Our mission commitments were paid by a friend.  That meant that the missionaries who rely on us for support did not have to do without while we were down and out.  Anonymous donors paid for our children to go on stateside mission trips.

We were never left alone - not even for one minute.  That does not mean it was not hard.  That does not mean that we did not stare at death and disease, nor that I did not worry myself silly-sick, because I did.  There was still a very long road ahead.

But our God?

He delivered us.  He walked with us, and carried us.  Sometimes we get to really see that, to feel it.  Other times, He carries us, and we don't realize it until much, much later, when we can breathe again.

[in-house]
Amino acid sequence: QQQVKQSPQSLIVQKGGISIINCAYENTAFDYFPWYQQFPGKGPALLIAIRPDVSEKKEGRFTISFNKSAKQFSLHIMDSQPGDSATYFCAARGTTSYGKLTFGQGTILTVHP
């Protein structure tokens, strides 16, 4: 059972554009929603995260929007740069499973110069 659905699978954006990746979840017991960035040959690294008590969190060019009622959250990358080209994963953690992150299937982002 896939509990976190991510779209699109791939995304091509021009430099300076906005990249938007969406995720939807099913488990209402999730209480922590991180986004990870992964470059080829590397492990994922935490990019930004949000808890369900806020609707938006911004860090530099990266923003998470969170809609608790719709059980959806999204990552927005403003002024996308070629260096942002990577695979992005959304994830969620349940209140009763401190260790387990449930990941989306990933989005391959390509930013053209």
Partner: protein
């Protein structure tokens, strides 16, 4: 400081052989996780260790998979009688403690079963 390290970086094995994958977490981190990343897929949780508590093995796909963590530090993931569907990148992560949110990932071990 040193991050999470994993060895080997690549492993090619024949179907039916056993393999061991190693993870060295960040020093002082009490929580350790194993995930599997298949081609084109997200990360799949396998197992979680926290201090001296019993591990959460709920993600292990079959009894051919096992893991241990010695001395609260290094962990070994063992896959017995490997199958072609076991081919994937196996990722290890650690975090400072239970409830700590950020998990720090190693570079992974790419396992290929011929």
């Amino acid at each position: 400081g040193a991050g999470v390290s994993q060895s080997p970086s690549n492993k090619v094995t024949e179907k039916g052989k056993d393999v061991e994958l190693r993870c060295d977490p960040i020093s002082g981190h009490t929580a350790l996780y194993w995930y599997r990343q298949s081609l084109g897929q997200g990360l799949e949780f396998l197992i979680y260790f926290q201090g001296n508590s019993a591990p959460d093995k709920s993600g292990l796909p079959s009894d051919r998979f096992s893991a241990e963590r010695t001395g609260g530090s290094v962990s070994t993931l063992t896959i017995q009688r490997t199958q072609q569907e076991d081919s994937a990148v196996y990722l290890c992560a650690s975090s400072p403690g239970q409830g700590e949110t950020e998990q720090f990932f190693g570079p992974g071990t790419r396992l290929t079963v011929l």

This is just part of our story, of course.  Many Believers have different stories, with different endings.  Not everything turns out well in this life.  Everyone of us will eventually face difficult times, times which will either strengthen us or threaten to destroy us.   For a time, I was not certain of what our outcome would be - strength, or destruction.  Every story, though, has the same theme woven throughout - as Christians we can find hope again in the God who carries us, in the God who turns what was meant for evil to good, and in the only God who longs to bring  healing and restoration to our human situations.

Coming up:  a second infection and hospitalization

Friday, August 19, 2011

{this moment} 8.18.2011

{this moment} - A Friday ritual. A single photo - no words - capturing a moment from the week. A simple, special, extraordinary moment. A moment I want to pause, savor and remember.